On Nov. 3, Hong Kong announced new rules stating that arrivals from anywhere other than mainland China would have to quarantine in a hotel for 14 days. But visitors from Singapore will be exempted from this under the travel bubble agreement.
Singapore already allows people from five countries for general travel without having to serve quarantine, though they still have to isolate when they return home. The city-state is also assessing the risk travelers pose based on where they are arriving from. The priority is to have effective tests to replace the quarantine requirements that deter people from flying overseas.
“Affordable testing will be the key to reviving travel,” said Mayur Patel, OAG Aviation Worldwide Ltd.’s regional sales director for Japan and Asia Pacific. “If the cost of testing is too expensive, it’s not going to drive demand.”
“We are obviously very keen to make the travel bubble a success,” Lee Lik Hsin, Singapore Airlines’ executive vice president of commercial, said on Monday. “Of course we do have to take into account the various considerations that the government, the regulators will have in approving such a bubble and being experimental, you can expect some level of conservatism.”
The pressure is on for places like Hong Kong and Singapore, which depend on international trade and tourism. Ong has warned that Singapore’s future is at stake.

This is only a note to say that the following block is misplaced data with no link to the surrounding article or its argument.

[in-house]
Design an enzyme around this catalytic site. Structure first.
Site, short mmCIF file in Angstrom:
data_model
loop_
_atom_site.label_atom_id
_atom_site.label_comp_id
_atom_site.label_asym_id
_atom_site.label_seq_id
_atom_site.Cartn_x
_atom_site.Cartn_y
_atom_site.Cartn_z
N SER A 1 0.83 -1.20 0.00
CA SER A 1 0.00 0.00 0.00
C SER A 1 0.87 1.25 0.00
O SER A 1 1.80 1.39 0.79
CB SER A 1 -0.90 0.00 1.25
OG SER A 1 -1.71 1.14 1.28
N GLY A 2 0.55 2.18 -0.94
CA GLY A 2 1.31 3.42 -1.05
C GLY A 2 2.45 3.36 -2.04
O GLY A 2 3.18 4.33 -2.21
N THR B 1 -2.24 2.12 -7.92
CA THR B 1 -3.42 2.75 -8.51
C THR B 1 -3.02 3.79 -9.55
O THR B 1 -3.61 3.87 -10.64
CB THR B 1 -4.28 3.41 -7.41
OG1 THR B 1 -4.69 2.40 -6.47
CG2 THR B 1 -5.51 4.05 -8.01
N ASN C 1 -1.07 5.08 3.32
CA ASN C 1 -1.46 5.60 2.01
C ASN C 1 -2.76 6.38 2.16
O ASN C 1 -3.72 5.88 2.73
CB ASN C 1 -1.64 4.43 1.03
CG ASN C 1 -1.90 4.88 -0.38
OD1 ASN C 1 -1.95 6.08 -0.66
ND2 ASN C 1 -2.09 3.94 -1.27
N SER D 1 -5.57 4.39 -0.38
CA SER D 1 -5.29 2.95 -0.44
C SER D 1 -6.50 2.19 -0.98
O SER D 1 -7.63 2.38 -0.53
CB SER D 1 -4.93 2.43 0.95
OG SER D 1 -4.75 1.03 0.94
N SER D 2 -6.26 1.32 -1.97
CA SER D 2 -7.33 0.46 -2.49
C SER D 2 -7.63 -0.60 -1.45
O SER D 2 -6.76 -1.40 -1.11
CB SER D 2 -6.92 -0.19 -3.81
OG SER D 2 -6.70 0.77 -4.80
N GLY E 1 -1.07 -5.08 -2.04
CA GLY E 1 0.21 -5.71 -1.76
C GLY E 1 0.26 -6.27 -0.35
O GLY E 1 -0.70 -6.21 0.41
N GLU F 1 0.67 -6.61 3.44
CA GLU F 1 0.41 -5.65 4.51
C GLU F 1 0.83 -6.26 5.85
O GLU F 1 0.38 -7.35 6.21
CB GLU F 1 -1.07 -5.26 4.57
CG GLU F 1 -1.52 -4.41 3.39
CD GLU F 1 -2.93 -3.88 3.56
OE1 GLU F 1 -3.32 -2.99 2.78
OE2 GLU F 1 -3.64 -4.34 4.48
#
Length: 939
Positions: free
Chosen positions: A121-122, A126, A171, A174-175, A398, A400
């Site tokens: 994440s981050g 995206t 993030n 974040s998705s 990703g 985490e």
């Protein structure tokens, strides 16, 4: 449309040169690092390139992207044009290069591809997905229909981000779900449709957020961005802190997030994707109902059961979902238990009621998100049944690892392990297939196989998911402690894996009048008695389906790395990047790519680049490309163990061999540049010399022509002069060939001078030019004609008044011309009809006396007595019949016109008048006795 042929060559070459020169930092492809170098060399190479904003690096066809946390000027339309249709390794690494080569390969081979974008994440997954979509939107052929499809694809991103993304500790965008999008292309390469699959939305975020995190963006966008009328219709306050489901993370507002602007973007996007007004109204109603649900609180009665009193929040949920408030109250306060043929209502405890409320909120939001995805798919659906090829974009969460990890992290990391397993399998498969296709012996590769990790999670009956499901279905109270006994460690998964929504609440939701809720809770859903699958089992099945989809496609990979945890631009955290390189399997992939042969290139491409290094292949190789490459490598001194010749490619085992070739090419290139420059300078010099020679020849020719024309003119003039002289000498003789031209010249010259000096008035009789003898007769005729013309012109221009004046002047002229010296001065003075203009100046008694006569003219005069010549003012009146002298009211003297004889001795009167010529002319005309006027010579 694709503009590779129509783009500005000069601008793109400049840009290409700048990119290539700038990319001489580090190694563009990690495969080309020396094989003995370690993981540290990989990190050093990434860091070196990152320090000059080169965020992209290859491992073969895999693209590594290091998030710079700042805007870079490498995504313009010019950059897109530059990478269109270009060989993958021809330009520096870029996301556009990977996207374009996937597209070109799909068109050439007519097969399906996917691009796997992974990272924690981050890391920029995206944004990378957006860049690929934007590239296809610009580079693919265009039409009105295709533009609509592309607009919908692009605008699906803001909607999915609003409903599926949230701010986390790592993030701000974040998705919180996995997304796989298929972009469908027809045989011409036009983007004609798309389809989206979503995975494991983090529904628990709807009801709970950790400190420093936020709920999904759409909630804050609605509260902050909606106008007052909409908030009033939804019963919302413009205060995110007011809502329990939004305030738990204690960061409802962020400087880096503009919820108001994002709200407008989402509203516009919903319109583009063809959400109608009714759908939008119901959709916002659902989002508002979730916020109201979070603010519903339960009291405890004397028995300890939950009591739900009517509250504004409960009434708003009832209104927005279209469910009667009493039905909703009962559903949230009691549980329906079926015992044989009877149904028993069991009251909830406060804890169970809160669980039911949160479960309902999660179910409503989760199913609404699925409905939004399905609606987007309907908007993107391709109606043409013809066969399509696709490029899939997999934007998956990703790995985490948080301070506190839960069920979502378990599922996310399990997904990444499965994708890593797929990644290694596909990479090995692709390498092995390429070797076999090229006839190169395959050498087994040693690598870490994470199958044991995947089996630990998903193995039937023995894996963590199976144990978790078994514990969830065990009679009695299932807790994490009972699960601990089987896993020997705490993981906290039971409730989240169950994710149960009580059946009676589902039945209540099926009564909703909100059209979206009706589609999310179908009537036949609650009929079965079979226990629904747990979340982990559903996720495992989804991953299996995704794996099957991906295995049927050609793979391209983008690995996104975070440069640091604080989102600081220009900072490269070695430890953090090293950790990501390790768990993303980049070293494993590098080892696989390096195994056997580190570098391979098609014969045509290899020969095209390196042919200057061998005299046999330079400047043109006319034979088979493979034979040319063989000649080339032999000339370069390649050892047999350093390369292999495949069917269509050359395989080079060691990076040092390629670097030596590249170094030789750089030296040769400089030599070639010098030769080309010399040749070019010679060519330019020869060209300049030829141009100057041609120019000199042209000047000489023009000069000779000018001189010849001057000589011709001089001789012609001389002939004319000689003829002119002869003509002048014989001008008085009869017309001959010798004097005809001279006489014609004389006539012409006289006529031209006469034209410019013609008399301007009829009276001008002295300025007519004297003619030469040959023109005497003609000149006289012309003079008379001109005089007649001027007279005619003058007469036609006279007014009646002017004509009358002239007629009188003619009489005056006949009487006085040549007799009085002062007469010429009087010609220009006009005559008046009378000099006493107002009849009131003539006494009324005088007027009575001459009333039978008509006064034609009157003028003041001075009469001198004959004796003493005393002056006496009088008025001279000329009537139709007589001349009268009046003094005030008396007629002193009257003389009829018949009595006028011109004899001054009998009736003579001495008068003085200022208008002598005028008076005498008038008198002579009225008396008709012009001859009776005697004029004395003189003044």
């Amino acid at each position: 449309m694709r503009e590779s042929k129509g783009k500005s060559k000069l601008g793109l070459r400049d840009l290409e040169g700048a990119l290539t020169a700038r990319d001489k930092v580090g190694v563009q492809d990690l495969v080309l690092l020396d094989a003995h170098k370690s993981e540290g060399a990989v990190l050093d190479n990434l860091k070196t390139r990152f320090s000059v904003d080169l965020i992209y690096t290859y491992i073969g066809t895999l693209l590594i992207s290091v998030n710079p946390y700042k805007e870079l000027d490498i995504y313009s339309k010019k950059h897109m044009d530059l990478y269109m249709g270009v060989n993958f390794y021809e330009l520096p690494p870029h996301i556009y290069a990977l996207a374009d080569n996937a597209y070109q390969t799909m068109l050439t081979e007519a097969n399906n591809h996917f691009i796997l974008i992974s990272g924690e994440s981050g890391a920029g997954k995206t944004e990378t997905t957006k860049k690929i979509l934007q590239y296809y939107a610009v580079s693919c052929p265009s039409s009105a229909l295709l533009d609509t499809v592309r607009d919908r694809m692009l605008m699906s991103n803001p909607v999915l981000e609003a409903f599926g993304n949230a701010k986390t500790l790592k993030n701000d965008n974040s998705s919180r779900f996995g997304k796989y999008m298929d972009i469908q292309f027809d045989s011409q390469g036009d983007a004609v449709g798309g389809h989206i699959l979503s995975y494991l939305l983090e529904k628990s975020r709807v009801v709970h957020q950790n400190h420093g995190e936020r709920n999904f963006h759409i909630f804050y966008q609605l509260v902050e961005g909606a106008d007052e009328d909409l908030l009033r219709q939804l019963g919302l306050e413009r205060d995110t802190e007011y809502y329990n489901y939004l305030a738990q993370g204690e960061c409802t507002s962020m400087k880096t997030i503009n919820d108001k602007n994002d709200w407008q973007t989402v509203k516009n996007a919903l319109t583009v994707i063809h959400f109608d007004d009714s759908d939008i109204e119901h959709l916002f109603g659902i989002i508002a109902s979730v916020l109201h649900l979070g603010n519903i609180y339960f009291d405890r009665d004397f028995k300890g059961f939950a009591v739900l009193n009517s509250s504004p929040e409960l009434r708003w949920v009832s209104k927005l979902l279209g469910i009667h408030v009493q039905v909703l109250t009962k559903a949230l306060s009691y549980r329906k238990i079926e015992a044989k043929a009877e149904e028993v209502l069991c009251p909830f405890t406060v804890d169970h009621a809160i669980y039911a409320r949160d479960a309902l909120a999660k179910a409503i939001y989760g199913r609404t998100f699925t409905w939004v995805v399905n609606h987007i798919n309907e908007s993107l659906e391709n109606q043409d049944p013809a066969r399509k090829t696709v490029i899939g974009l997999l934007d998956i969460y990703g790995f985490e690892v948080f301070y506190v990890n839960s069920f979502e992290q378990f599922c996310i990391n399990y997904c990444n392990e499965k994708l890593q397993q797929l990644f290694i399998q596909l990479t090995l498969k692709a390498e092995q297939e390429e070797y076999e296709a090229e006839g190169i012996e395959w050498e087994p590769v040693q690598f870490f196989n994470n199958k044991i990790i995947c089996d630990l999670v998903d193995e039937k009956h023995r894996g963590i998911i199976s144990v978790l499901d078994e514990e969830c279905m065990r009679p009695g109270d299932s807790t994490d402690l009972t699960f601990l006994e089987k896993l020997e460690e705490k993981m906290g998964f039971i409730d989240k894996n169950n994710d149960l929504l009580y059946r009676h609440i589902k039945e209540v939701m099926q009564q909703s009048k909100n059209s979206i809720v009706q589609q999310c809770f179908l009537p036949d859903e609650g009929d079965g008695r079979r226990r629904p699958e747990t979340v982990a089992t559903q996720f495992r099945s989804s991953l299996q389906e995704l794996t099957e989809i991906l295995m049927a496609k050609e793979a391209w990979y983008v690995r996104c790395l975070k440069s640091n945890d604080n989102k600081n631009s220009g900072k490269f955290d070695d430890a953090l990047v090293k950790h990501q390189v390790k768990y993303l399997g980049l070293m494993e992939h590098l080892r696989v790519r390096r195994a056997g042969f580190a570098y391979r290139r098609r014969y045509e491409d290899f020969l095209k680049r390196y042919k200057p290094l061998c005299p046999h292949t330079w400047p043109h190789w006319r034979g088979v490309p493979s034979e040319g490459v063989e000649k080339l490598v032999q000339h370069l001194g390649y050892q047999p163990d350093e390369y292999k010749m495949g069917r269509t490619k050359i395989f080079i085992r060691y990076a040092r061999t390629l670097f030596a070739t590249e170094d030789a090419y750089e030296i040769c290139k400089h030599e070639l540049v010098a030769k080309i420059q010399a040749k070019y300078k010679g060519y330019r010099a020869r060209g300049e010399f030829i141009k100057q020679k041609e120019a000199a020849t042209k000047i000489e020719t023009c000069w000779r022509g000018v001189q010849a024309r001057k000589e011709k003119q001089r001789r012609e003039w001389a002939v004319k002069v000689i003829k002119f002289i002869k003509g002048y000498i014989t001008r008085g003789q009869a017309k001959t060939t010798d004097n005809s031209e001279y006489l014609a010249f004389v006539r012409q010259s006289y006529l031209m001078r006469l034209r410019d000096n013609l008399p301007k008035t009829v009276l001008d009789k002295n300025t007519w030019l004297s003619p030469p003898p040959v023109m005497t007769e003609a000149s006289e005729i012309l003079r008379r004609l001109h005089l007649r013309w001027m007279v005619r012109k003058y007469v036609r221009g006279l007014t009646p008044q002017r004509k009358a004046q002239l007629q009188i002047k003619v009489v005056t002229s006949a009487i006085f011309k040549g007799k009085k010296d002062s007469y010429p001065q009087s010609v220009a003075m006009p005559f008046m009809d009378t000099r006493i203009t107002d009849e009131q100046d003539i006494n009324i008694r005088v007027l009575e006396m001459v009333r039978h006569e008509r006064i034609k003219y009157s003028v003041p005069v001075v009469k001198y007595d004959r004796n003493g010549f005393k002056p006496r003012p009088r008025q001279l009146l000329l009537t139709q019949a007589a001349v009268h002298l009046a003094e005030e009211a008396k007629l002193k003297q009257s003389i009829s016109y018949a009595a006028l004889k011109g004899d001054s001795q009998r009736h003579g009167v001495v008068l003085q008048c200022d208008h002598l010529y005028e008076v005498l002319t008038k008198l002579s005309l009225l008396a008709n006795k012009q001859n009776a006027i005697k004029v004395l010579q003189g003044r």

Opening borders is also important for flag carriers Singapore Airlines and Cathay as they’ve been reduced to flying at just skeleton capacity because they have no domestic market in which to operate. Last year, the Hong Kong-Singapore route was the 10th busiest internationally in Asia, according to OAG. Both airlines have suffered record losses this year.
Ticket prices have risen in anticipation of the Hong Kong-Singapore bubble. The lowest fares on Singapore Airlines economy class rose to S$678 ($500) for return flights in December, up from S$557 earlier this month, according to the carrier’s website. The airline doesn’t plan to use its Airbus SE A380 superjumbos for flights to and from Hong Kong when an agreement on opening up is reached, Lee said.
Hopes for travel bubbles elsewhere have hit snags. Australia and New Zealand eventually formed a corridor after some setbacks due to virus flareups, only for it to transpire that some passengers flying into Sydney subsequently broke the rules by connecting to other places. The quarantine-free agreement only covers parts of Australia and isn’t reciprocated in kind in New Zealand, meaning it falls far short of initial hopes.
“Singapore is probably among the most pro-active nations in the world when it comes to looking at ways to open up and reduce travel restrictions,” Singapore Airlines Chief Executive Goh Choon Phong said at a post-results briefing on Monday. “This will serve as a very good pilot and example of how we can actually open up travel in a safe manner for everyone.”
Contact editor Yang Ge (firstname.lastname@example.org)